I have been thinking about this post for some time.

Over the past few months, I have been speaking to a number of Kiwi tech start-ups interested in joining the Meteoroid Program. They represent a whole set of different domains and come from different parts of the country.

A select few are joining the Program next week. Like most Programs, there have been some pivots on the way. Some are delaying their visit to Sunnyvale until next month. Additionally, the Program has been joined by a couple of the country’s larger corporates who want to engage with the Valley’s innovation ecosystem. This is very cool. I have blogged before about the importance of corporate venture in New Zealand. It’s a key piece that traditionally has been missing from our innovation landscape.

Bill Reichert and Adiba Barney’s trip to New Zealand in May certainly sparked off some interesting conversations.

Under the radar? These start-ups are so far under, they work Underground!

Under the radar? These start-ups function 100% underground

What however does the reference to ‘Unofficial’ mean? I think the best way to describe this is simply that most of the start-ups we are working with are currently very much under the Kiwi establishment’s radar. They have not graduated out of the country’s incubators or accelerators; they have not been working with government agencies; they have not raised funds from the usual investment networks. They are in the main, privately funded, pretty much media release-free and market-ready. It’s been a fascinating few months.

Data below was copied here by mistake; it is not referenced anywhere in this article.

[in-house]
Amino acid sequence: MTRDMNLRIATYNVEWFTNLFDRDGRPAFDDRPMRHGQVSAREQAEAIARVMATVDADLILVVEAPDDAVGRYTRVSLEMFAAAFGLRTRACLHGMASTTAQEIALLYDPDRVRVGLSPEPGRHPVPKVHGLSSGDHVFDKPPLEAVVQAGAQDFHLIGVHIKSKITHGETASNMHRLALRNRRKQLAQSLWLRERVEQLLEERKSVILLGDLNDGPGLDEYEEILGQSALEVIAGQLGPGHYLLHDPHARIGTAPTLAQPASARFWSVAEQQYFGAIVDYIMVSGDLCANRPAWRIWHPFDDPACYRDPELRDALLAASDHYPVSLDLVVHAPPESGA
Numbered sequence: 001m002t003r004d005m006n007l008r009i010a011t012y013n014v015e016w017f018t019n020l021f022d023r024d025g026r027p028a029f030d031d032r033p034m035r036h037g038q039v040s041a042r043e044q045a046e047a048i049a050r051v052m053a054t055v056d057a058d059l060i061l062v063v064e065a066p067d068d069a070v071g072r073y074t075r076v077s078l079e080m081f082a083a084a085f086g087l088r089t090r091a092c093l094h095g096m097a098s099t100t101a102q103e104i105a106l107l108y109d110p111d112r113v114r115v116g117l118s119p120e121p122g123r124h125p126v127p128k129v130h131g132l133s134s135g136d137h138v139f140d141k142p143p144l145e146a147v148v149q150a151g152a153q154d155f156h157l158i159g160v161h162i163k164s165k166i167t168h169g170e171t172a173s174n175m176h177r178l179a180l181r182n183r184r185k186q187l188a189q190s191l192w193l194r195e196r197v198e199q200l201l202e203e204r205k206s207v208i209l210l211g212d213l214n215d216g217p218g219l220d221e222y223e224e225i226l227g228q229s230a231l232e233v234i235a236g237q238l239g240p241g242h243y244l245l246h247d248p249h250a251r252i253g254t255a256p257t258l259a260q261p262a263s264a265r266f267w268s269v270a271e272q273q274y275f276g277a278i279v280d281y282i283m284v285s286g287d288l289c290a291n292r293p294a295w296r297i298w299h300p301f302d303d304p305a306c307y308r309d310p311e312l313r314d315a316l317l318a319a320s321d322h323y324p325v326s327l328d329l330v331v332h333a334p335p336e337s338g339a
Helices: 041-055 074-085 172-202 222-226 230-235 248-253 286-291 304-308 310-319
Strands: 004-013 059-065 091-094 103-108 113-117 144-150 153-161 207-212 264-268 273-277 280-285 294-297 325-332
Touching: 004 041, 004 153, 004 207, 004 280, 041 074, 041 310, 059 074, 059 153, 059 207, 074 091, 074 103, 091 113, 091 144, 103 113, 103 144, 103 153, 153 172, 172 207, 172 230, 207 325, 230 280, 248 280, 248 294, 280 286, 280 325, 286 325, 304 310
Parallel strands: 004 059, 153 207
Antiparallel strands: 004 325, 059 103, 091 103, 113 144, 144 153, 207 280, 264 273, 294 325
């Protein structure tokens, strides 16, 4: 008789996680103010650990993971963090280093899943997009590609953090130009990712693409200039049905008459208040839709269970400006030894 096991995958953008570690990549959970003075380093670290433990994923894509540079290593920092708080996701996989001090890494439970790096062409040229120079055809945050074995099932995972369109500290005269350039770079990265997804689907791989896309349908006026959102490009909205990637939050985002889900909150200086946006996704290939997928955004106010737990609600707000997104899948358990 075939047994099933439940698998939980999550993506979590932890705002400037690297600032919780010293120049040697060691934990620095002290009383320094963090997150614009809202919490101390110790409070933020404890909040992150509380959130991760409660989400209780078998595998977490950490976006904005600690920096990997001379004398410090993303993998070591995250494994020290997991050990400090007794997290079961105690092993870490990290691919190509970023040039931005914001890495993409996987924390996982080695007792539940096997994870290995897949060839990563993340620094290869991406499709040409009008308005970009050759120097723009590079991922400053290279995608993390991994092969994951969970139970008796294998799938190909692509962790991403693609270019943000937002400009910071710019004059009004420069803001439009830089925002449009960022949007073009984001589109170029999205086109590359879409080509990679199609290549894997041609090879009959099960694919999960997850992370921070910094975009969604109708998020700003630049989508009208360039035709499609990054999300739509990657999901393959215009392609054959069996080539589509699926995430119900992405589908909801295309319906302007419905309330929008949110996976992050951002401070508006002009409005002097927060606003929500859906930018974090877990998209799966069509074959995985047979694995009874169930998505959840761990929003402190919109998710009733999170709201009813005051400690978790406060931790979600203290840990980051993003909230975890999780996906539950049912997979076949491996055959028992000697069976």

I take this development as a sign of New Zealand’s start-up market’s rapidly-growing maturity. I don’t think I am alone. A couple of weeks back, I joined Siobhan Bulfin, CEO of Melon Health and Lance Wiggs, director of Punakaiki Fund (congrats Lance incidentally on the success of the Snowball Effect crowdfunding campaign) for dinner in Auckland. Lance not only referenced the ‘unofficial’ sector. He believed that some of the best opportunities for investment in New Zealand were coming from it. I agree.

Looking ahead, Jacqui and I fly to Sunnyvale this weekend. I look forward to updating on just how the Program grows over the coming weeks. It’s going to be fun.

Whilst in the Valley, we are following up on various initatives. Watch out for the Wharf42 Fireside Chat Season. We hope to find some interesting souls keen to engage with New Zealand’s start-up community. And also learn about just who Wharf42 will be inviting over to New Zealand next year to share their Silicon Valley love. We want to repeat the Bill & Adiba experience in 2016.

Time to pack up then. Let’s stay connected.

You can follow Wharf42 and the Meteoroid Program via our Twitter handle at @Wharf42HQ